Ukraine: US frustrates hopes for peace, arms fascist forces

February 14, 2022
Anti-war protest in the United States. Photo: Code Pink/Twitter
Concerns are growing that the United States may act preemptively against Russia. Photo: Code Pink/Twitter

During the 2014 Maidan demonstrations — named after the main square in Ukraine’s capital Kyiv where they were staged — brief footage appeared of an armed fascist group located on a balcony overlooking the protest.

The group displayed a United States confederate flag and another flag resembling that of a Ukrainian military group that joined forces with the Nazis to fight the Soviet Union during World War II.

Since that brief shot appeared, the US media has avoided discussing the role of armed fascist organisations in Ukraine — including their spearheading of the 2015 Ukrainian war against the largely Russian-speaking east of the country — until an article appeared in The New York Times on February 11.

The article admitted that the groups “represent a potent political force in Ukraine”, but carefully avoided using the word “fascist” to describe them.

It began: “The Ukrainian political activist and militia member sat before his party’s flag, leaving little doubt about his readiness for action. The flag depicted two axes crossed against a field of red.

“Yes, Yuri Hudymenko said, he is ready to take up arms, but not necessarily against Russia. As the leader of Democratic Ax — one of dozens of right-wing or nationalist groups [under the name of the Right Sector] that represent a potent political force in Ukraine and are fiercely opposed to any compromise with Moscow — his anger will be directed at Ukraine’s government if it grants too many concessions in exchange for peace.

“We’ll deal with Russia one way or another later,” Hudymenko told the NYT.

“If anybody from the Ukrainian government tries to sign such a document, a million people will take to the streets and that government will cease being the government.”

The “document” Hudymenko was referring to is the 2015 Minsk Agreement — named after the Belarus capital where it was negotiated. The main point of the accord, which Germany and France helped negotiate, was to solve the question of the Donbas region in south-east Ukraine by bringing the Donetsk and Luhansk People’s Republics, supported by Russia, into a federated Ukraine.

On that basis, there would be guarantees of equal rights, etc.

Ukrainian nationalists, backed by the US, rejected the accord.

Russian president Vladimir Putin has now proposed it should be the basis of a settlement.

The NYT reported that, according to records released from his phone call with Putin, French President Emmanuel Macron and the Russian leader discussed “ways of moving forward” with implementing the 2015 peace plan for eastern Ukraine and had continued talks over the “conditions of security and stability in Europe”.

Another “document” France has raised, according to the NYT, is a proposal for Ukraine to be neutral on the question of NATO and Russia.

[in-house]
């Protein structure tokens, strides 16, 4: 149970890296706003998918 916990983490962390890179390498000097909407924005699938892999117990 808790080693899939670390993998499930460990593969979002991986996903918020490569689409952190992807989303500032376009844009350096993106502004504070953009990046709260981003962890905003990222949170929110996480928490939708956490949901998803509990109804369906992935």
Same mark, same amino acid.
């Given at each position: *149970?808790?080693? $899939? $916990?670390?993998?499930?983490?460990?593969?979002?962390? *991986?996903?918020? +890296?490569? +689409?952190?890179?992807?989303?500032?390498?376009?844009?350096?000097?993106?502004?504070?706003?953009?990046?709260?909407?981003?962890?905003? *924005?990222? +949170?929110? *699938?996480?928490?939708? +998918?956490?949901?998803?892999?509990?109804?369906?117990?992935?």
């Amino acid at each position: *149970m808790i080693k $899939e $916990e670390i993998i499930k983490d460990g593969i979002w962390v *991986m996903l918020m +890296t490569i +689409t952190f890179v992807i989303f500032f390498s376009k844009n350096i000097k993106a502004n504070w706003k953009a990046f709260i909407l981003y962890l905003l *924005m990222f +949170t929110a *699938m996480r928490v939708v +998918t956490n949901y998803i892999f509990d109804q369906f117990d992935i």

The US rejects both proposals out of hand.

According to the NYT, because of the threats from armed far-right groups, “analysts” are saying that Ukrainian president Volodymyr Zelensky “would be taking extreme political risks even to entertain a peace deal, which why he is so careful not to talk about possible avenues for negotiation”.

Oleksandr Ivonov, director of the fascist Movement Against Capitulation also told the NYT: “Macron wants to sacrifice Ukraine’s sovereignty to calm Russia down, but doesn’t understand that it will not work.

“Diplomats do not understand Ukraine,” said Ivanov.

“Civil society here has a bigger influence on politics than actual political parties … For Mr Zelensky the threat of war is only a threat, while signing compromises is guaranteed to bring protests.”

“Zelensky and his government may be under pressure from both Ukrainians and Russia,” Hudymenko told the NYT on February 11, but “they fear the Ukrainian people more than they fear the Russian army”.

Ivanov’s group staged a demonstration in Kyiv of “thousands” on February 12 against any compromise with Russia.

The US has stepped up supplying arms to these “Right Sector” groups, claiming they will be the “civilian resistance” to a Russian invasion.

Meanwhile, the White House issued another hysterical report, on February 11, saying it was convinced that Russia would “soon invade”, in hours, a day, two days, or maybe “during the Olympic Games”.

This is a repeat of many such claims of imminent Russian invasion of Ukraine the US has made since last November, without disclosing — “in the interests of national security” — any evidence to support such claims.

CNN and the other pro-war media have gone into a frenzy.

Biden’s greatest fear is that Russia just sits pat — does not invade, but keeps its troops at its own borders (and perhaps in Belarus within its borders) — while divisions within NATO grow, and the world goes weary of claims of imminent invasion.

This could lead the White House to do something dangerous in desperation. The “false flag” provocation that Washington says Moscow will take to justify an invasion may well be imitated by the Pentagon, to impose massive sanctions against Russia, for example.

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